The next and natural question would be: Why do we need such an Operation pattern when there is a simple way, a direct approach? Because what we created can be applied to whatever operations you think of: Read/WriteFile, RenderImage, DrawForm and so on. The preferred method is a matter of choice, but in the world of reusable components it would be nice to have well-defined patterns which could be used or extended. I did not approach the synchronization technique that will be tackled in my next article. The pattern could be granularly refined at level of sending and receiving data. Thinking back to the inner classes, I remember my wise teacher G. Auslander, mentioning Einstein's words, "Many times I realize how much my own outer and inner life is built upon the efforts of my fellow men, and how earnestly I must exert myself in order to give in return as much as I have received". I hope this introduction helped.


  1. Doug Lea "Concurrent Programming in Java Design Principles and Patterns" Addison-Wesley 1997.
  2. E. Gamma, R. Helm, R. Johnson, J. Vlissides "Design Patterns" Addison-Wesley 1995.
  3. K. Arnold, J. Gosling "The Java Programming Language" Addison-Wesley 1996.
  4. Brian Maso, "Thread Synchronization in Java" Java Developer's Journal 1996.
About the Author
Jordan Anastasiade holds a BS in Architecture and MS in Mathematics. He works for Hummingbird Communications Ltd., focusing on design patterns using object-oriented techniques in Java. Jordan can be reached at jordan@hummingbird.com


Listing 1

/* FILE: Outer.java */
/** Lexical scoping sample */	

class Supper { int x = 0; }

public class Outer extends Supper {
  protected int x;
  protected Inner innerObj;
  private String outerStr = " Outer val: ";

  Outer(int x) {
    this.x = x;
    innerObj = this.new Inner(x + 1);
  protected class Inner {
    protected int x;
    protected String innerStr = " Inner val: ";

    Inner(int x) { this.x = x; }

    public String toString() {
      return ((Supper)Outer.this).x +
                outerStr + Outer.this.x +
                innerStr + x;

  public String toString() { 
    return innerObj.toString();

  public static void main(String args[]) {
    Outer o = new Outer(1);
    System.out.println("Test Supper: " + o);
//Result: Test Supper: 0 Outer val: 1 Inner val: 2

/* How it works ?   The bytecode might look like:
public class Outer {
  class Inner {
    private Outer this$0;//saved copy of Outer.this
    Outer$Inner(Outer this$0) {//Inner's ctr.
      this.this$0 = this$0;
public void method() {//Outer's method
    Inner innerObj = new Outer$Inner(this);

Listing 2

	abstract class Operator implements Runnable {
//message obj for callback client
	  private Runnable success, failure; 
//type of operand inner class
	  abstract protected class Operand { } 
	  abstract protected boolean operatorImp();
	  protected synchronized void operator() 
{ if (operatorImp()) success.run(); ... }
	  public void run() { operator(); }

Listing 3

	abstract class Operation {
//action in case of success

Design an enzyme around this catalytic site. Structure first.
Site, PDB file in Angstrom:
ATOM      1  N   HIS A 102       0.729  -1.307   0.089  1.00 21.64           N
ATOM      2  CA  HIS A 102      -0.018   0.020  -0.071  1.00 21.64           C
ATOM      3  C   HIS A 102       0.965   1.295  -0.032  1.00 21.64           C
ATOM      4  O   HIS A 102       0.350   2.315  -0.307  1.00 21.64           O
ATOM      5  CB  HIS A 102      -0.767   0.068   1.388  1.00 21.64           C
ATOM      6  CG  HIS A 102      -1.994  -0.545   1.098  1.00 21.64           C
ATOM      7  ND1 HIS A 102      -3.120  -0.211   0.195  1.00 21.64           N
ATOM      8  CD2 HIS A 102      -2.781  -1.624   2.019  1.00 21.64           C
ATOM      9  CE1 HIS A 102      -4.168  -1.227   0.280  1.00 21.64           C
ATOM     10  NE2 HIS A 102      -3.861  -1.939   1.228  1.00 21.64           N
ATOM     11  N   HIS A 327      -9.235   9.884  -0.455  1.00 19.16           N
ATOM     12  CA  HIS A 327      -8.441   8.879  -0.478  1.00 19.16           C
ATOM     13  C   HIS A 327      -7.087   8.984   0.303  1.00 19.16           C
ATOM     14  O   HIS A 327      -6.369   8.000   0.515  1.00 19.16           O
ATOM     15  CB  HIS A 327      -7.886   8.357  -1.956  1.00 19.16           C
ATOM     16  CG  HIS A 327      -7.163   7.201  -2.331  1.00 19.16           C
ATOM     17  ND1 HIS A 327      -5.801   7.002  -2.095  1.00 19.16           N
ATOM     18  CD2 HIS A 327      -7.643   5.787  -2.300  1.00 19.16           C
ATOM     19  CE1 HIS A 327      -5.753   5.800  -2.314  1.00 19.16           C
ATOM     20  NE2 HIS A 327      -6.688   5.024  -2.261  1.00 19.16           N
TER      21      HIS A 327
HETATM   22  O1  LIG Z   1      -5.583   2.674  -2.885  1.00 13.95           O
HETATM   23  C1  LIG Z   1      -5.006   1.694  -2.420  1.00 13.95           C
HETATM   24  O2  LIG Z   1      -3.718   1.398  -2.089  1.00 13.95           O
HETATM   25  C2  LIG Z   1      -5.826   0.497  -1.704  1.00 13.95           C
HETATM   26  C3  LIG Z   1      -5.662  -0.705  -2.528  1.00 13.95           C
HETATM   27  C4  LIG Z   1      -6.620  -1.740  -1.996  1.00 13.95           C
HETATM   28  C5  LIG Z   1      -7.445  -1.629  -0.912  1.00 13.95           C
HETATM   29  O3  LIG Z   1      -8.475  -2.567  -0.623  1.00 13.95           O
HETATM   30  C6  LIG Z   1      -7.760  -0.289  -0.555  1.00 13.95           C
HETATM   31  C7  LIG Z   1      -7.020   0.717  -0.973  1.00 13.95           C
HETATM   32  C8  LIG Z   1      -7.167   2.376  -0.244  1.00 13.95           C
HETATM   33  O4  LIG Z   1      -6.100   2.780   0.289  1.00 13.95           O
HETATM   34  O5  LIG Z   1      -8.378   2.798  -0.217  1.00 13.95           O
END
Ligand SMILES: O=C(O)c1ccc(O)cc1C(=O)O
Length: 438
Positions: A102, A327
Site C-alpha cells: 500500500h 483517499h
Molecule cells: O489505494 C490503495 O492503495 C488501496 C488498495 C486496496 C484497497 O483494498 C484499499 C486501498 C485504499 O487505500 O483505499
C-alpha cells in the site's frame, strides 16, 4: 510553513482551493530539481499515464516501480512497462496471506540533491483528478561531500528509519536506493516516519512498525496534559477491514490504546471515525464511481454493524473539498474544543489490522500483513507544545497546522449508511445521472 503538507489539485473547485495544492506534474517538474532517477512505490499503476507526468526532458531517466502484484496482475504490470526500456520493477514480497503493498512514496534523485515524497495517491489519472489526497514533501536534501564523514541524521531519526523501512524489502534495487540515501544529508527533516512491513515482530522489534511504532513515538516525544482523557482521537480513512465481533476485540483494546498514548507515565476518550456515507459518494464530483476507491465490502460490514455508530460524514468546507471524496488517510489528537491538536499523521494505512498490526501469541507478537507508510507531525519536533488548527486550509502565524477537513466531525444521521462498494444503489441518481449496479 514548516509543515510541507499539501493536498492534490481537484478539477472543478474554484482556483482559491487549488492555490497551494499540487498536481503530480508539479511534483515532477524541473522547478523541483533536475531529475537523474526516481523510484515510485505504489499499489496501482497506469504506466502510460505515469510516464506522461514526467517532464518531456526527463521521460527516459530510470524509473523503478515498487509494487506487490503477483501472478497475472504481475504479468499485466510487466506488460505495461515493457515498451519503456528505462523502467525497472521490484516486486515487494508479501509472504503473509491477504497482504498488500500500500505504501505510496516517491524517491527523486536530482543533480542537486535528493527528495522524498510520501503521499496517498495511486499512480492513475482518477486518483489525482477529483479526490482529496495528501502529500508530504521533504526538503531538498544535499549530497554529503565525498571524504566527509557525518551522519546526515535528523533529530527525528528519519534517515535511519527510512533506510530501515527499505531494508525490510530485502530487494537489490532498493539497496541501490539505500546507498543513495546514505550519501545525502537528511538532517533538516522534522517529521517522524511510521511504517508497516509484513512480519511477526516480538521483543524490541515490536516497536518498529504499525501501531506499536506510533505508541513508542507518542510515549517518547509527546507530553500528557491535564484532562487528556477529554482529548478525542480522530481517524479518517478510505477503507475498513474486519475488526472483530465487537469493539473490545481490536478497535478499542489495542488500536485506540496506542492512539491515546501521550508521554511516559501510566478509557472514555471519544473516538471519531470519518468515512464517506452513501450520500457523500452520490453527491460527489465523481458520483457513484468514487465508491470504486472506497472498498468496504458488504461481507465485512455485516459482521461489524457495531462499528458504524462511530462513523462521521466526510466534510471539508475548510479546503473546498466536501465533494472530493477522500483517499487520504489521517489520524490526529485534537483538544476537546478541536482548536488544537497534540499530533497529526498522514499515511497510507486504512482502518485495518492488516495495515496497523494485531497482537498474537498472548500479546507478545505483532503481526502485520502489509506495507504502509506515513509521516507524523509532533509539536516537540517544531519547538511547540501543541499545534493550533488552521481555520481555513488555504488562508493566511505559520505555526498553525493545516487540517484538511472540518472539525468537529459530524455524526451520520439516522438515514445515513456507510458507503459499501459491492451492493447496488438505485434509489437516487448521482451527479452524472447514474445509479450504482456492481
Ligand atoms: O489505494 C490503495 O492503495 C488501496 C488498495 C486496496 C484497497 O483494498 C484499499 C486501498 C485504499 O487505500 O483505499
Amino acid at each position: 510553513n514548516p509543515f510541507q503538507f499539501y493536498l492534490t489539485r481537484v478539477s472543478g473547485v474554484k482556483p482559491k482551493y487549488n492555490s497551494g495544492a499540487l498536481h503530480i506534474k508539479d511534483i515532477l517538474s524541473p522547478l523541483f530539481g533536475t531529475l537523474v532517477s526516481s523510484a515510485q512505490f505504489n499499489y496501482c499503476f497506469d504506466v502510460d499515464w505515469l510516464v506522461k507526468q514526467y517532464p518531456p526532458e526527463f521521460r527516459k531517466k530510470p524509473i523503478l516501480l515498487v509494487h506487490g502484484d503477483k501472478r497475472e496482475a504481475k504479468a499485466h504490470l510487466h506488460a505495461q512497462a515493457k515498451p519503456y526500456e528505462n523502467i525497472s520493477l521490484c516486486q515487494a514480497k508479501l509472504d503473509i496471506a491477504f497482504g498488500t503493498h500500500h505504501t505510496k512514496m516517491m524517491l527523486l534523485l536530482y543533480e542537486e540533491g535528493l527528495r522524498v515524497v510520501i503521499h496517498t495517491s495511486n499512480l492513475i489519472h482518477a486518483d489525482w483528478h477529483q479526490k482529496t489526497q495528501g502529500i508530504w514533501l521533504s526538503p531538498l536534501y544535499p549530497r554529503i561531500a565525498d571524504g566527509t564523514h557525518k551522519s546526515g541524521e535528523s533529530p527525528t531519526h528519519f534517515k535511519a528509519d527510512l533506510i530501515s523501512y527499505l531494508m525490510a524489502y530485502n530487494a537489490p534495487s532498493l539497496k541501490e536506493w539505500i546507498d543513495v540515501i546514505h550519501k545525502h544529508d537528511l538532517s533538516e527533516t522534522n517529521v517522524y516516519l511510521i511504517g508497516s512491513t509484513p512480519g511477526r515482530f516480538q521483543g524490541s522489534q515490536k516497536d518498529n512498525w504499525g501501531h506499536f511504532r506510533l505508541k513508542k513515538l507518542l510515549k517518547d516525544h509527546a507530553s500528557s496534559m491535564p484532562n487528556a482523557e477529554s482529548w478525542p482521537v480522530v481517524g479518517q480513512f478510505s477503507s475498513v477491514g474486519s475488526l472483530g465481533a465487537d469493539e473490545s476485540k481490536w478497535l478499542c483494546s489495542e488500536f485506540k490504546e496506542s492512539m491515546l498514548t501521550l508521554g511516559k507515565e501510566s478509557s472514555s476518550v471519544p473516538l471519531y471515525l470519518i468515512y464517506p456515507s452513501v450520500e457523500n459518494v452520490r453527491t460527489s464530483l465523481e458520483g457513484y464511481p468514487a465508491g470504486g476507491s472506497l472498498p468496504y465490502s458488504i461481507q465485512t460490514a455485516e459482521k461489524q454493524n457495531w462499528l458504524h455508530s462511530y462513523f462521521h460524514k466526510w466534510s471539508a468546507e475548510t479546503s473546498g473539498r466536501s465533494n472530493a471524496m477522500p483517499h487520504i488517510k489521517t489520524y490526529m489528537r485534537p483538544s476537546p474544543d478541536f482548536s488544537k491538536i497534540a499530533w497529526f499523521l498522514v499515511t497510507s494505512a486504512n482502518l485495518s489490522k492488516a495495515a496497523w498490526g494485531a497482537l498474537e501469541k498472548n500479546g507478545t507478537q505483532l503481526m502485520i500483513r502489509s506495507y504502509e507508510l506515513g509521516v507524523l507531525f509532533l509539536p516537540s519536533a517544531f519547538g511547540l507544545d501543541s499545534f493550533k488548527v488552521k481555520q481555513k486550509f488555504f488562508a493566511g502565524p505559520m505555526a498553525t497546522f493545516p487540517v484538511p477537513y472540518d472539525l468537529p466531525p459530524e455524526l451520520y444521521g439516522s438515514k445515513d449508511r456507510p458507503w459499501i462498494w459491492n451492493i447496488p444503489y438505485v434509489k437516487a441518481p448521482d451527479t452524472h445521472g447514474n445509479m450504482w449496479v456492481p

abstract protected void successfulOperation(); 
//inner class as Runnable
	  protected class Success implements Runnable { 
	    public void run() { successfulOperation(); }
	  abstract public void start();

Listing 4

/* FILE: Show.java */	
import java.net.*;
import java.io.*;
/**  Model for an Unary Operator class */
abstract class Operator implements Runnable {
  private Runnable success;
  private Runnable failure;

  /** Operand: an abstract protected inner class  */
  abstract protected class Operand { }

  public Operator(Runnable s, Runnable f) {
    success = s; failure = f;

  // placeholder for operator implementation 
  abstract protected boolean operatorImpl();

  protected synchronized void operator() {
    if (operatorImpl()) success.run();
    else failure.run();
  public void run() { operator(); }

/**  Sample of a server: Operator called Show */
public class Show extends Operator {
  DefOperand someURL; //operator's operand
  protected class DefOperand 
            extends Operator.Operand {
    protected boolean result = true;	
    protected URL url;
    //constructor for inner class
    public DefOperand(String urlString) {
      try {
        url = new URL(urlString);
      } catch (MalformedURLException e) {
        result = false;
  public Show(String str, Runnable s, Runnable f){
    super(s, f);
    //for this operator define an new operand
    someURL = this.new DefOperand(str);
  //particular operator's method implementation
  protected boolean operatorImpl() {
    String line;
    if (someURL.result) {
      try {
        URLConnection c = 
        DataInputStream dis =
           new DataInputStream(c.getInputStream());
        //method readLine has been deprecated: J1.1
        while ((line = dis.readLine()) != null) 
      } catch (IOException ioe) {
         someURL.result = false;
    return someURL.result;

/* FILE: ShowURL.java */
/** Model for a Waiter Pattern: Operation class */
abstract class Operation {

  abstract protected void succesfulOperation();
  abstract protected void failedOperation();

  protected class Success implements Runnable {
    public void run() {succesfulOperation();}

  protected class Failure implements Runnable {
    public void run() {failedOperation();}
  abstract public void start(); 

/** Sample of Operation called ShowURL */
public class ShowURL extends Operation {
  protected String urlString;
  public ShowURL(String s) { urlString = s; }

  protected void succesfulOperation() {
    System.out.println("Success: " + urlString);
  protected void failedOperation() {
    System.out.println("Failure: " + urlString);

  public void start() {
    Runnable s = new Success();
    Runnable f = new Failure();
    new Thread(new Show(urlString, s, f)).start();

  public static void  main(String args[]) {
    String url = "http://www.javadevelopersjournal.com";
    new ShowURL(url).start();
// Result: ... html Success: http://www.javadevelopersjournal.com

Listing 5

	public class ShowURL extends Operation {
	  public void start() {
	    Runnable s = new Success();
	    Runnable f = new Failure();
	    new Thread(new Show(urlString, s, f)).start();